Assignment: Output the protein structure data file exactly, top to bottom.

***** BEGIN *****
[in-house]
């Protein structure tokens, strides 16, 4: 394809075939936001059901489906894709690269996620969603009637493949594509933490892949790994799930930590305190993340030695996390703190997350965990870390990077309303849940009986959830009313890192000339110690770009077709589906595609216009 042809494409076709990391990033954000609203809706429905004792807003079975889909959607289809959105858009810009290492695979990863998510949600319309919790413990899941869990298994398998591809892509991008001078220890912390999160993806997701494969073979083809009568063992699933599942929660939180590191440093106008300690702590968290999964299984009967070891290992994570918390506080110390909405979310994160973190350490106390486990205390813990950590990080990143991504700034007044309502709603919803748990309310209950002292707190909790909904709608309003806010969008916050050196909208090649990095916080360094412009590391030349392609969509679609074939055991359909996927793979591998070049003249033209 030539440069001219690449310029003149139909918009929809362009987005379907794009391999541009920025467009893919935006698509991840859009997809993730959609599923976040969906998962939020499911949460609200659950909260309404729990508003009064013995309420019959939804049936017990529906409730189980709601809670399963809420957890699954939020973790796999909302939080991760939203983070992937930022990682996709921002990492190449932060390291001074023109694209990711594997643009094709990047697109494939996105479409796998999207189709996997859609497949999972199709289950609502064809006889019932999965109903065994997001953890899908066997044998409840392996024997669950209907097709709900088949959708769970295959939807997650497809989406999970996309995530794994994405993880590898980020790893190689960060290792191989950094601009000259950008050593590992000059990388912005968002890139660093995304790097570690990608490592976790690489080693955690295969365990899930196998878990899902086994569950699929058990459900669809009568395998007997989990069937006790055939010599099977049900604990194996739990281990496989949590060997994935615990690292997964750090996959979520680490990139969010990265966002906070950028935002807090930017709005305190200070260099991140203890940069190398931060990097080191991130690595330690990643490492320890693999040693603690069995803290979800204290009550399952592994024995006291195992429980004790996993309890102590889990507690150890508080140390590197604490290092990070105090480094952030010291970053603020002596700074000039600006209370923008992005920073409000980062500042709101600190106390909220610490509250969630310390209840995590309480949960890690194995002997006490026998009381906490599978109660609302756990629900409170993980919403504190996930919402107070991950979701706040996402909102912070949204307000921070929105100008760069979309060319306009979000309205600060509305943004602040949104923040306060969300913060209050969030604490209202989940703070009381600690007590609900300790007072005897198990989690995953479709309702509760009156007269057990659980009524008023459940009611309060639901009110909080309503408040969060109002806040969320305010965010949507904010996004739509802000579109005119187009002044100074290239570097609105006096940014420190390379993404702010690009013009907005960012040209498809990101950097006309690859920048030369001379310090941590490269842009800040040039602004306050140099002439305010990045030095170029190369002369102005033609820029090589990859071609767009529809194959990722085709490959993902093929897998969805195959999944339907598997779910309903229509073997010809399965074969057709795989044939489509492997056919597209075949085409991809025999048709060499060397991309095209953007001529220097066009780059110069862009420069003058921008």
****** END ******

[in-house]
């Protein structure tokens, strides 16, 4: 394809075939936001059901489906894709690269996620969603009637493949594509933490892949790994799930930590305190993340030695996390703190997350965990870390990077309303849940009986959830009313890192000339110690770009077709589906595609216009 042809494409076709990391990033954000609203809706429905004792807003079975889909959607289809959105858009810009290492695979990863998510949600319309919790413990899941869990298994398998591809892509991008001078220890912390999160993806997701494969073979083809009568063992699933599942929660939180590191440093106008300690702590968290999964299984009967070891290992994570918390506080110390909405979310994160973190350490106390486990205390813990950590990080990143991504700034007044309502709603919803748990309310209950002292707190909790909904709608309003806010969008916050050196909208090649990095916080360094412009590391030349392609969509679609074939055991359909996927793979591998070049003249033209 030539440069001219690449310029003149139909918009929809362009987005379907794009391999541009920025467009893919935006698509991840859009997809993730959609599923976040969906998962939020499911949460609200659950909260309404729990508003009064013995309420019959939804049936017990529906409730189980709601809670399963809420957890699954939020973790796999909302939080991760939203983070992937930022990682996709921002990492190449932060390291001074023109694209990711594997643009094709990047697109494939996105479409796998999207189709996997859609497949999972199709289950609502064809006889019932999965109903065994997001953890899908066997044998409840392996024997669950209907097709709900088949959708769970295959939807997650497809989406999970996309995530794994994405993880590898980020790893190689960060290792191989950094601009000259950008050593590992000059990388912005968002890139660093995304790097570690990608490592976790690489080693955690295969365990899930196998878990899902086994569950699929058990459900669809009568395998007997989990069937006790055939010599099977049900604990194996739990281990496989949590060997994935615990690292997964750090996959979520680490990139969010990265966002906070950028935002807090930017709005305190200070260099991140203890940069190398931060990097080191991130690595330690990643490492320890693999040693603690069995803290979800204290009550399952592994024995006291195992429980004790996993309890102590889990507690150890508080140390590197604490290092990070105090480094952030010291970053603020002596700074000039600006209370923008992005920073409000980062500042709101600190106390909220610490509250969630310390209840995590309480949960890690194995002997006490026998009381906490599978109660609302756990629900409170993980919403504190996930919402107070991950979701706040996402909102912070949204307000921070929105100008760069979309060319306009979000309205600060509305943004602040949104923040306060969300913060209050969030604490209202989940703070009381600690007590609900300790007072005897198990989690995953479709309702509760009156007269057990659980009524008023459940009611309060639901009110909080309503408040969060109002806040969320305010965010949507904010996004739509802000579109005119187009002044100074290239570097609105006096940014420190390379993404702010690009013009907005960012040209498809990101950097006309690859920048030369001379310090941590490269842009800040040039602004306050140099002439305010990045030095170029190369002369102005033609820029090589990859071609767009529809194959990722085709490959993902093929897998969805195959999944339907598997779910309903229509073997010809399965074969057709795989044939489509492997056919597209075949085409991809025999048709060499060397991309095209953007001529220097066009780059110069862009420069003058921008």